National Mutt Day

Fashion designer Isaac Mizrahi once said, “A mutt is couture-it's the only one like it in the world, made especially for you.” I read this and immediately looked over at Dover, thinking how perfect this analogy is. Our Dover is most definitely one-of-a-kind, and like any piece of couture fashion, he fits us perfectly. In this blog post we will share the joys of mixed breed dogs and offer up ways to celebrate National Mutt Day. 

Our Very Own Mixed Breed Dog Dover 

Our very first blog post was in celebration of our boy Dover. I mean, he is our official Ambassadog and Taste Tester so his story was an obvious choice to tell. Dover is also a whole bunch of different breeds of dogs all rolled up into one amazing pup. When we tested his DNA, the results came back that he is a mix of Labrador Retriever, German Shephard, Rottweiler, Doberman, Staffordshire Terrier, and Chow Chow. 

Dover’s appearance is a mix of all of those different breeds. How could you not love those brown and black patchwork paws? We have never seen paws like that on any dog ever! They are truly unique to Dover. Sometimes we see the different personality traits come out from each breed, but usually, he is simply Dover. He’s his own dog, not just a sum of 6 parts. 

The Goal of National Mutt Day 

National Mutt Day, or National Mixed Breed Dog Day, was created to help bring awareness to the benefits of adopting mixed breed dogs. According to, 80% of dogs waiting to be adopted are mixed breed dogs. Many potential adopters are looking for a “purebred” dog even though a dog made up of two, three, four, or even six breeds like our Dover could be the perfect dog for them. 

Mixed Breed Dogs are Just Like Other Dogs

The reason for developing “purebred” or purpose bred dogs is to train them to perform specific functions. For example, retrievers are bred to retrieve game, so their webbed paws help them swim, and their double coat helps them stay warm in a duck blind on a cold autumn day. If you were looking for a hunting partner, a greyhound or a chihuahua would not be a smart choice. However, if you are simply looking for a walking buddy and snuggle pup, there is no special breeding required. Those are things that dogs have been doing since they first befriended us around the campfire 30,000 years ago. 

When it comes to a dog’s temperament, it really comes down to a dog’s history and life experiences more than the mix of breeds that make up their ancestry. When Dover shows his love of eating or swimming, we assume it is the Labrador retriever in him. But in reality, a lot of dogs love to swim and eat. A lot of humans love to swim and eat; that’s why we all love the Jersey shore!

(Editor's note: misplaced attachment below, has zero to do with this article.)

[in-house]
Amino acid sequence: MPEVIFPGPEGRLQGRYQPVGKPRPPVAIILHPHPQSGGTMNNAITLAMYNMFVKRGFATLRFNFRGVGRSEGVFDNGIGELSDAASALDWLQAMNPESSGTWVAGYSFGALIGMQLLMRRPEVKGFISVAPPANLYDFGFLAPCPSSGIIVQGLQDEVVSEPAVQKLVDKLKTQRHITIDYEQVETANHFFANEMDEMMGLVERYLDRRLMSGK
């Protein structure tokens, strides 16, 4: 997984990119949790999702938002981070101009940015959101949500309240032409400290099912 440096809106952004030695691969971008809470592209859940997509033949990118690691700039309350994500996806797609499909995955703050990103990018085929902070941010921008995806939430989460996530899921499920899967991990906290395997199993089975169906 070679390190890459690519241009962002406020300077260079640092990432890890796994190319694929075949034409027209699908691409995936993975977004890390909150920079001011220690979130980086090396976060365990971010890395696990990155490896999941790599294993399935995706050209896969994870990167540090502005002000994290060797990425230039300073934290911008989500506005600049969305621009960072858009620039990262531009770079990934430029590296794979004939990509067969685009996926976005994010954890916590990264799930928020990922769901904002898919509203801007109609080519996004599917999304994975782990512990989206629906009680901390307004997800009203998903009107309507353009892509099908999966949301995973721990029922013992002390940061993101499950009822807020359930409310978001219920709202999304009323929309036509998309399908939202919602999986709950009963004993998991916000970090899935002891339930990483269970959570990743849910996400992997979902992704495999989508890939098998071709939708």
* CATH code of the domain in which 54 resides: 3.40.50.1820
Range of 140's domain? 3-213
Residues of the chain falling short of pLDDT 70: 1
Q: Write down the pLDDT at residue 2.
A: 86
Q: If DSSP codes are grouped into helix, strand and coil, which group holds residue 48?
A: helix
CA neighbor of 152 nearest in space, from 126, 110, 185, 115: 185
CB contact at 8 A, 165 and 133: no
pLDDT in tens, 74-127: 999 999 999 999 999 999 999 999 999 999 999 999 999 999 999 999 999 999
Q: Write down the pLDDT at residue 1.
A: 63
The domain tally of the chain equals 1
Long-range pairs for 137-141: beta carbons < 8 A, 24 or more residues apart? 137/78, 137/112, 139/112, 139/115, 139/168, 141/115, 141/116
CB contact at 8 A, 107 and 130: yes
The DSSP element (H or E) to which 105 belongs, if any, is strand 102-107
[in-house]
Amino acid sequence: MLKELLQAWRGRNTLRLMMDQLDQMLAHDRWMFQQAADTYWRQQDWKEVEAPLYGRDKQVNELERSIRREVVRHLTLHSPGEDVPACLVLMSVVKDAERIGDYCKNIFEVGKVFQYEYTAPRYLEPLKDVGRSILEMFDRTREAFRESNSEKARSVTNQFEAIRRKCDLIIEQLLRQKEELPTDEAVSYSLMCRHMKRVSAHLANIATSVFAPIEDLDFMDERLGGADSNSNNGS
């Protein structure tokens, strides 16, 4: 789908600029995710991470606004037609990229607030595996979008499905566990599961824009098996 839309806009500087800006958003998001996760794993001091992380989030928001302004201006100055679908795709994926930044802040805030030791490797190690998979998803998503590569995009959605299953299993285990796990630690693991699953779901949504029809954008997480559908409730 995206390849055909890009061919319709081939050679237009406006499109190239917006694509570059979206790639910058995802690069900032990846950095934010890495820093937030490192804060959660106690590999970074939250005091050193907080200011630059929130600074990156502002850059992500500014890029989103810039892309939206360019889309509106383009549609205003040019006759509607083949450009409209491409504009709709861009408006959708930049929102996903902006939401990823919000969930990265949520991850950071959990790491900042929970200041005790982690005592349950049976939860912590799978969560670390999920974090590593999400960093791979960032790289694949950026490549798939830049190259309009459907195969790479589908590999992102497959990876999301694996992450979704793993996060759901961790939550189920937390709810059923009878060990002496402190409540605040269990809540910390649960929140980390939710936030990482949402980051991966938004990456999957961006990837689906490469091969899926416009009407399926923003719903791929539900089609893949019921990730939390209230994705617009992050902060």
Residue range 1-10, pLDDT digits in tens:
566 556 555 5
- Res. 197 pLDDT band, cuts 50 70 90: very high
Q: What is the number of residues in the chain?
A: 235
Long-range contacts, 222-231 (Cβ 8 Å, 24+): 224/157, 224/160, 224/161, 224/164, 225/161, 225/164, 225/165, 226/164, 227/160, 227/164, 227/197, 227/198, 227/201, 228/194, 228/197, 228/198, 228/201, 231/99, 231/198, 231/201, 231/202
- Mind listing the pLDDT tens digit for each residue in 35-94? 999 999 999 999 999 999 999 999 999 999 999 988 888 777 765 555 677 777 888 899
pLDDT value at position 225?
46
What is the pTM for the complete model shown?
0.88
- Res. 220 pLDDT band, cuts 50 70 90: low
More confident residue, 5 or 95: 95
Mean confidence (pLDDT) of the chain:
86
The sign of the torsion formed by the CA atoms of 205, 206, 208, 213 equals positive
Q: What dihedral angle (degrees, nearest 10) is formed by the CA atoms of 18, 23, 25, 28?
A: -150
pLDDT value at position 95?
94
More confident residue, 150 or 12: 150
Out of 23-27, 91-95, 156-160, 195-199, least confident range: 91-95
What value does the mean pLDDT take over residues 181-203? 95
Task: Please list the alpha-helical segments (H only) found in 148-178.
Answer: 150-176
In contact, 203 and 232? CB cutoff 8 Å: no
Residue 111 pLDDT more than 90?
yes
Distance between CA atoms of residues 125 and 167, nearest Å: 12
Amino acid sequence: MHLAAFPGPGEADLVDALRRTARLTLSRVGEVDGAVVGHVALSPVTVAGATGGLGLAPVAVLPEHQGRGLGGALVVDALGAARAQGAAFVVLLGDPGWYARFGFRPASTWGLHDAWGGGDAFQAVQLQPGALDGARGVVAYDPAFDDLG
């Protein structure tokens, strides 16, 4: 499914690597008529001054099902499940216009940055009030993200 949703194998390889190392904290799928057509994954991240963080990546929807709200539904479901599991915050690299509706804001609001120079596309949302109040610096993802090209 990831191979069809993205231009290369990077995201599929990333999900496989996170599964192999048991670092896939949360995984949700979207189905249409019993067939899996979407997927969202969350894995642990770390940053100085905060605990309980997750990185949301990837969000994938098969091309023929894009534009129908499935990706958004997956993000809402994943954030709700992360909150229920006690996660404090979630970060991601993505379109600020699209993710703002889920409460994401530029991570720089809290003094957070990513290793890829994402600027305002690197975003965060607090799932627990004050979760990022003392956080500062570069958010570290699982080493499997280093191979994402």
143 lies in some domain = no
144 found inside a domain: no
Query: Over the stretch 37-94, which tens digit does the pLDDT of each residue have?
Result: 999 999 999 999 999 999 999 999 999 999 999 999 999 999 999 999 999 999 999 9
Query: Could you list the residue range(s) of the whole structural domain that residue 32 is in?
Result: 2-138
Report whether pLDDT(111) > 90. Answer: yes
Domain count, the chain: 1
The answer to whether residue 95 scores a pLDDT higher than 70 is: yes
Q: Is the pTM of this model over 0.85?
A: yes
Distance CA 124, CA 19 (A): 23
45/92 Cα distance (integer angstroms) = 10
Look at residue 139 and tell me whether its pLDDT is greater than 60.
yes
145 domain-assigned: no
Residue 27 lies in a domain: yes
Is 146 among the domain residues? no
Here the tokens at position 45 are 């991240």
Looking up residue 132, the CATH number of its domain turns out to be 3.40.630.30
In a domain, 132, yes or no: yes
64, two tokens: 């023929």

But all joking aside, we cannot be sure if that’s why Dover loves to do those things. He could love to eat because he was found abandoned as a young puppy and did not have enough food when he was living on the street at such a young age. Or he could just love to eat because he’s a dog and that’s what they do. 

Mixed Breed Dogs Are Often Healthier Than Many Purebred Dogs

In the purebred dog world, not all breeders are responsible. Many breeds have developed a predisposition to certain health problems due to bad breeding practices. Think of the Basset Hound or Dachshund with their back problems, or German Shepherds and their propensity toward hip dysplasia. Of course, not all purebred dogs have these issues, but the responsible breeders work tirelessly to bring litters into the world without these problems. Unfortunately, for every responsible breeder, there are plenty of backyard breeders and puppy mill operators churning out dogs with terrible health problems. 

Many health experts also believe that mixed breed dogs are healthier than their purebred counterparts. The Peninsula Humane Society and SPCA writes on their website, that “Mixed breeds, on the other hand, have something called hybrid vigor. When you mix two or more separate gene pools, the recessive genes that carry the health problems are buried. As a result, you get a healthier animal. Simply put, mixed-breed dogs are, in general, healthier than their purebred cousins and typically require fewer visits to the veterinarian.”

Go Forth and Find Your Own Dover

I look over at our special boy Dover, and read that quote from Isaac Mizrahi once more. Dover is truly a custom piece, so perfect it is as if he was designed for us. Everything about him just fits. Only he’s not the kind of couture that you purchase after a flight to Paris. He’s the kind of couture that you find hidden on a rack in your local thrift store. He’s the kind of couture that was overlooked by many who wanted something else, which put him in the exact right place to become ours. My hope for you on National Mutt Day is to go forth and find your own Dover, your own perfect fit of a mixed breed dog. 

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